MA-C SIGINT Sensor from Vstar Systems now can Perform Remote Operations

The MA-C SIGINT Sensor from VStar Systems, an aerospace and defense company, now has remote operations capability, meaning operators no longer need to be co-located with the drone ground station.

The sensor can be operated over the existing Internet or cellular network without a dedicated link to the aircraft, according to a news release. VStar Systems routinely runs this mode with a sensor that’s physically located in Northern California and a ground station in Southern California. The cellular network connects them.

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This low bandwidth requirement makes it possible to provide future SATCOM capabilities over the smallest links. The sensor weighs 2 lbs. and consumes 25 Watts of power, so small drones can be configured to provide beyond line of sight (BLOS) operations while still sending real time intelligence to operators.

“With most sensors on smaller unmanned aerial vehicles (UAVs), the UAV sensor operator and aircraft operator are usually one and the same or are near each other,” said Andy von Stauffenberg, CEO of VStar Systems, according to the release. “We took that need completely away and now the aircraft can be operated separately from the SIGINT operator.”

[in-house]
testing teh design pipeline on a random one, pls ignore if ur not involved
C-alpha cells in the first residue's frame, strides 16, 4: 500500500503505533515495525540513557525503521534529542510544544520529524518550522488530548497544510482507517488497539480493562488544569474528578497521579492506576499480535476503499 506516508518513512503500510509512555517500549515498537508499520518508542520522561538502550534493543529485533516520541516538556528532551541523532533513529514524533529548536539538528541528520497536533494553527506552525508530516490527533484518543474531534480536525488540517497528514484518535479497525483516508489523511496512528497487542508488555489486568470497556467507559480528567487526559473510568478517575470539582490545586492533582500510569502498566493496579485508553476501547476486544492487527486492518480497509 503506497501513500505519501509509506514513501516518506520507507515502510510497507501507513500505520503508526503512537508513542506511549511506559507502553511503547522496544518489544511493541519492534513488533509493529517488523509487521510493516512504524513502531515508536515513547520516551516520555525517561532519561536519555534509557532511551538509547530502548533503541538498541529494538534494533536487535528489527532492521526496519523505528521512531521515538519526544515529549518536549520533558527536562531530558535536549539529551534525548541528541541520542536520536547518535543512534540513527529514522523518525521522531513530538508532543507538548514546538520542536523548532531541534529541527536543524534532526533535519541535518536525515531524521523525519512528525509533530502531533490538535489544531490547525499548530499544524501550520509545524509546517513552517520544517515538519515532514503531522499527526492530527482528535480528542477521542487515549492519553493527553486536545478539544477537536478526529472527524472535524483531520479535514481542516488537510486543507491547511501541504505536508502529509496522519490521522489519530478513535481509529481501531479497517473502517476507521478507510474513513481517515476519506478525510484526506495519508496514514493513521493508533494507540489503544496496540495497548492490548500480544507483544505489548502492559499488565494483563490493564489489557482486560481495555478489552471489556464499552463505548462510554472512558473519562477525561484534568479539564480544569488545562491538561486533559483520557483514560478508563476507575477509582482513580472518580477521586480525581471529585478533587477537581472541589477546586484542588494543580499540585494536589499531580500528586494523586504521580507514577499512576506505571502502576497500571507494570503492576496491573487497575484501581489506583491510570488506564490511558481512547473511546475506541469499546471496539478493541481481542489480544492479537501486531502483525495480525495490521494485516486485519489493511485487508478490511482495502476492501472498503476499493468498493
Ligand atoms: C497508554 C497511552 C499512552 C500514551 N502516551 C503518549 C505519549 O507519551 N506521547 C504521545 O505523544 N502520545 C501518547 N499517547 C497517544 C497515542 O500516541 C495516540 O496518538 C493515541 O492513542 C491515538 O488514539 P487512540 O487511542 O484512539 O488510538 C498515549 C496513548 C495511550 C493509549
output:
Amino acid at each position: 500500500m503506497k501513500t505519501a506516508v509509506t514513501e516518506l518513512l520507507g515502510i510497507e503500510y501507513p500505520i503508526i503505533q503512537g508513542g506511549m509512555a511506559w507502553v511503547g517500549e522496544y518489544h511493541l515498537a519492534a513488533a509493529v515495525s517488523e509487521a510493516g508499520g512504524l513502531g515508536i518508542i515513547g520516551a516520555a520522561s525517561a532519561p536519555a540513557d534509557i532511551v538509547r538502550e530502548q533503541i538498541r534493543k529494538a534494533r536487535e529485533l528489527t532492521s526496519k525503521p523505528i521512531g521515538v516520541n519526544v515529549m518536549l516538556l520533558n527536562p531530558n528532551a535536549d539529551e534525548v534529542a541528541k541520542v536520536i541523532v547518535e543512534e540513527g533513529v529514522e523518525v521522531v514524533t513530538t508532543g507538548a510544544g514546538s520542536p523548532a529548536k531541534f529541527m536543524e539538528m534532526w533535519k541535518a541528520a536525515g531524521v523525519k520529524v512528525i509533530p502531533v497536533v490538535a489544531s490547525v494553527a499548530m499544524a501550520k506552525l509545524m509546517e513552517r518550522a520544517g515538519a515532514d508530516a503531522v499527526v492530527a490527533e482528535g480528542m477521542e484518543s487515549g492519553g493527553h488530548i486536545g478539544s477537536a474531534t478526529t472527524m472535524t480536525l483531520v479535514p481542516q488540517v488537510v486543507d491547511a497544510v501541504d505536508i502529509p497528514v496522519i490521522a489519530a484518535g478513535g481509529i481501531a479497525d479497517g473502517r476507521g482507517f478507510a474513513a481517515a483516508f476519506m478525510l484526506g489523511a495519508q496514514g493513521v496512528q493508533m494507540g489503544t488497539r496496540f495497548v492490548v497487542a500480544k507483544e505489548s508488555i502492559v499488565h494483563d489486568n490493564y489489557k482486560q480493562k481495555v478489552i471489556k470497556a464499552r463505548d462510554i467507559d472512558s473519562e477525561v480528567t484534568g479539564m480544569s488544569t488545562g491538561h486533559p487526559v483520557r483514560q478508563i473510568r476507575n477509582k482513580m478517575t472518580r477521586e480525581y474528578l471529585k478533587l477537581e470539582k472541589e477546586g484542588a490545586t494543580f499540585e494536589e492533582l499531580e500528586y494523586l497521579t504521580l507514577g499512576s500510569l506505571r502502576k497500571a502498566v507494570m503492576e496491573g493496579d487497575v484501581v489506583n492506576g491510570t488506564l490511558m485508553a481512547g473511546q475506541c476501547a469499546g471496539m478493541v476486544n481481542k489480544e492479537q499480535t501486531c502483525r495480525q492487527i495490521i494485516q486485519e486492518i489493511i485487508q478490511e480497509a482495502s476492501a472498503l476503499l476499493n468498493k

Operator stations can be consolidated for various unmanned aircraft systems (UAS), UGVs (unmanned ground vehicles) and USVs (unmanned surface vehicles). One ground station can use multiple sensors on multiple aircraft or ground platforms for consistent coverage. If one system has to return home for any reason, another can take over and complete the mission.

This capability also means smaller crews are needed in remote, often dangerous, locations. Key decision makers can stay back with the primary assets while one plane operator is positioned near the hotspot. Because only a subset of the entire system needs to go out, it also allows for rapid deployments.

The remote operations capability and low datalink requirements also allow UAS to use long range datalinks or even small SATCOM systems to significantly extend the aircraft’s range, something not possible with visual EO/IR or Radar systems, according to the release.

“The remote operations capabilities adds significant operational utility to the overall system – but we are far from done,” von Stauffenberg said, according to the release. “Our current plans and ideas will take us out at least another year or two until we are satisfied with their development and integration and we will likely think of new capabilities along the way.”